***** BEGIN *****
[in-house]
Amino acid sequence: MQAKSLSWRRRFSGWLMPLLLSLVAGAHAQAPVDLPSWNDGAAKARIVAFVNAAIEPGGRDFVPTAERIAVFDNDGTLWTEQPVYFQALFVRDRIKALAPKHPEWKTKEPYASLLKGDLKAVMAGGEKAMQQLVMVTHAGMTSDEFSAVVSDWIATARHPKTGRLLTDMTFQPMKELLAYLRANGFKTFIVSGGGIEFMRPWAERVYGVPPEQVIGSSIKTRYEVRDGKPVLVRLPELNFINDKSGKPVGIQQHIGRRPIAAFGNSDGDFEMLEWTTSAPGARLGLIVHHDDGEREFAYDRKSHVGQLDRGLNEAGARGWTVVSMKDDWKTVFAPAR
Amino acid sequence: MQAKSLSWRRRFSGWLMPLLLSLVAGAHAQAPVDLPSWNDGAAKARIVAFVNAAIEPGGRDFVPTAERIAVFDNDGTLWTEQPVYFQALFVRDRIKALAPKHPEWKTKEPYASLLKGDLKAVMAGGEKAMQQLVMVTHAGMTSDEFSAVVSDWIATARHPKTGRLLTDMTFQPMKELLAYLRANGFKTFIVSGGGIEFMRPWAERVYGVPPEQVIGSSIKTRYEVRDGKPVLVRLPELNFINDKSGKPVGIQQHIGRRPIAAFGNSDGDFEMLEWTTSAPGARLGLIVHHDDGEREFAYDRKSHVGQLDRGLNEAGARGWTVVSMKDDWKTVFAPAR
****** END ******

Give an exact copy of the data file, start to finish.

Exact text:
[in-house]
Amino acid sequence: MQAKSLSWRRRFSGWLMPLLLSLVAGAHAQAPVDLPSWNDGAAKARIVAFVNAAIEPGGRDFVPTAERIAVFDNDGTLWTEQPVYFQALFVRDRIKALAPKHPEWKTKEPYASLLKGDLKAVMAGGEKAMQQLVMVTHAGMTSDEFSAVVSDWIATARHPKTGRLLTDMTFQPMKELLAYLRANGFKTFIVSGGGIEFMRPWAERVYGVPPEQVIGSSIKTRYEVRDGKPVLVRLPELNFINDKSGKPVGIQQHIGRRPIAAFGNSDGDFEMLEWTTSAPGARLGLIVHHDDGEREFAYDRKSHVGQLDRGLNEAGARGWTVVSMKDDWKTVFAPAR
Amino acid sequence: MQAKSLSWRRRFSGWLMPLLLSLVAGAHAQAPVDLPSWNDGAAKARIVAFVNAAIEPGGRDFVPTAERIAVFDNDGTLWTEQPVYFQALFVRDRIKALAPKHPEWKTKEPYASLLKGDLKAVMAGGEKAMQQLVMVTHAGMTSDEFSAVVSDWIATARHPKTGRLLTDMTFQPMKELLAYLRANGFKTFIVSGGGIEFMRPWAERVYGVPPEQVIGSSIKTRYEVRDGKPVLVRLPELNFINDKSGKPVGIQQHIGRRPIAAFGNSDGDFEMLEWTTSAPGARLGLIVHHDDGEREFAYDRKSHVGQLDRGLNEAGARGWTVVSMKDDWKTVFAPAR